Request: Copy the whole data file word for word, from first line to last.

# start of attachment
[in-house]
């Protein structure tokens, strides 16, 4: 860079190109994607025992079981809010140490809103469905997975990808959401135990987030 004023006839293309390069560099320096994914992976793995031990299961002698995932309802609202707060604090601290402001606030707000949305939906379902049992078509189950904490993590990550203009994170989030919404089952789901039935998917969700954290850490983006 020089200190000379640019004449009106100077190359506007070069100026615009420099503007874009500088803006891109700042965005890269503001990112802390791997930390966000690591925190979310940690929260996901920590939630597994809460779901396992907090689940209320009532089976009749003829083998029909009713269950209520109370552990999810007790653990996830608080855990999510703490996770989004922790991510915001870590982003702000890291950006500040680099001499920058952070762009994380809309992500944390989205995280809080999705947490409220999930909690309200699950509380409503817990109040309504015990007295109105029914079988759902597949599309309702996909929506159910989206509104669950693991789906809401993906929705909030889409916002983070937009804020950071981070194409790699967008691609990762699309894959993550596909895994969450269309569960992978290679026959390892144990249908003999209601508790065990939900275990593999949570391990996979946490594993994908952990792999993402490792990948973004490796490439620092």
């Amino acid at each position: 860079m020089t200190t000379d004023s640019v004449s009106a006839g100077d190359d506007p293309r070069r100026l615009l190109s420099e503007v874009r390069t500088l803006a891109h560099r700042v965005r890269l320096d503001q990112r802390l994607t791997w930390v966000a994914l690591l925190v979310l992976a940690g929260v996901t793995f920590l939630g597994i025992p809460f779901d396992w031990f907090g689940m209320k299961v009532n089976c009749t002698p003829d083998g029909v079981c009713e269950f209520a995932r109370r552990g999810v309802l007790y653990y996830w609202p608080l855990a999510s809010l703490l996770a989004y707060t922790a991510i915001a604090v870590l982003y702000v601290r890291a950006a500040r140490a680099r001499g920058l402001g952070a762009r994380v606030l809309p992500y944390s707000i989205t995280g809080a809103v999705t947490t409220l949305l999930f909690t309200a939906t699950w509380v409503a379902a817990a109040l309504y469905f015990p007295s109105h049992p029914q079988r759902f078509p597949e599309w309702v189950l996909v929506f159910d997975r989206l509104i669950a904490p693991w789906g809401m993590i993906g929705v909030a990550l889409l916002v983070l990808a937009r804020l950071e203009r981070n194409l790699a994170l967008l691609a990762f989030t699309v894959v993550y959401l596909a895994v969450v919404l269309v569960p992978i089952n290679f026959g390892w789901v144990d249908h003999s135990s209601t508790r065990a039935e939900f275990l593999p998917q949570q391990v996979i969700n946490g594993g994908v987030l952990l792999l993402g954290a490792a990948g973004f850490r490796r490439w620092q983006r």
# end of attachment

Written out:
[in-house]
């Protein structure tokens, strides 16, 4: 860079190109994607025992079981809010140490809103469905997975990808959401135990987030 004023006839293309390069560099320096994914992976793995031990299961002698995932309802609202707060604090601290402001606030707000949305939906379902049992078509189950904490993590990550203009994170989030919404089952789901039935998917969700954290850490983006 020089200190000379640019004449009106100077190359506007070069100026615009420099503007874009500088803006891109700042965005890269503001990112802390791997930390966000690591925190979310940690929260996901920590939630597994809460779901396992907090689940209320009532089976009749003829083998029909009713269950209520109370552990999810007790653990996830608080855990999510703490996770989004922790991510915001870590982003702000890291950006500040680099001499920058952070762009994380809309992500944390989205995280809080999705947490409220999930909690309200699950509380409503817990109040309504015990007295109105029914079988759902597949599309309702996909929506159910989206509104669950693991789906809401993906929705909030889409916002983070937009804020950071981070194409790699967008691609990762699309894959993550596909895994969450269309569960992978290679026959390892144990249908003999209601508790065990939900275990593999949570391990996979946490594993994908952990792999993402490792990948973004490796490439620092």
């Amino acid at each position: 860079m020089t200190t000379d004023s640019v004449s009106a006839g100077d190359d506007p293309r070069r100026l615009l190109s420099e503007v874009r390069t500088l803006a891109h560099r700042v965005r890269l320096d503001q990112r802390l994607t791997w930390v966000a994914l690591l925190v979310l992976a940690g929260v996901t793995f920590l939630g597994i025992p809460f779901d396992w031990f907090g689940m209320k299961v009532n089976c009749t002698p003829d083998g029909v079981c009713e269950f209520a995932r109370r552990g999810v309802l007790y653990y996830w609202p608080l855990a999510s809010l703490l996770a989004y707060t922790a991510i915001a604090v870590l982003y702000v601290r890291a950006a500040r140490a680099r001499g920058l402001g952070a762009r994380v606030l809309p992500y944390s707000i989205t995280g809080a809103v999705t947490t409220l949305l999930f909690t309200a939906t699950w509380v409503a379902a817990a109040l309504y469905f015990p007295s109105h049992p029914q079988r759902f078509p597949e599309w309702v189950l996909v929506f159910d997975r989206l509104i669950a904490p693991w789906g809401m993590i993906g929705v909030a990550l889409l916002v983070l990808a937009r804020l950071e203009r981070n194409l790699a994170l967008l691609a990762f989030t699309v894959v993550y959401l596909a895994v969450v919404l269309v569960p992978i089952n290679f026959g390892w789901v144990d249908h003999s135990s209601t508790r065990a039935e939900f275990l593999p998917q949570q391990v996979i969700n946490g594993g994908v987030l952990l792999l993402g954290a490792a990948g973004f850490r490796r490439w620092q983006r």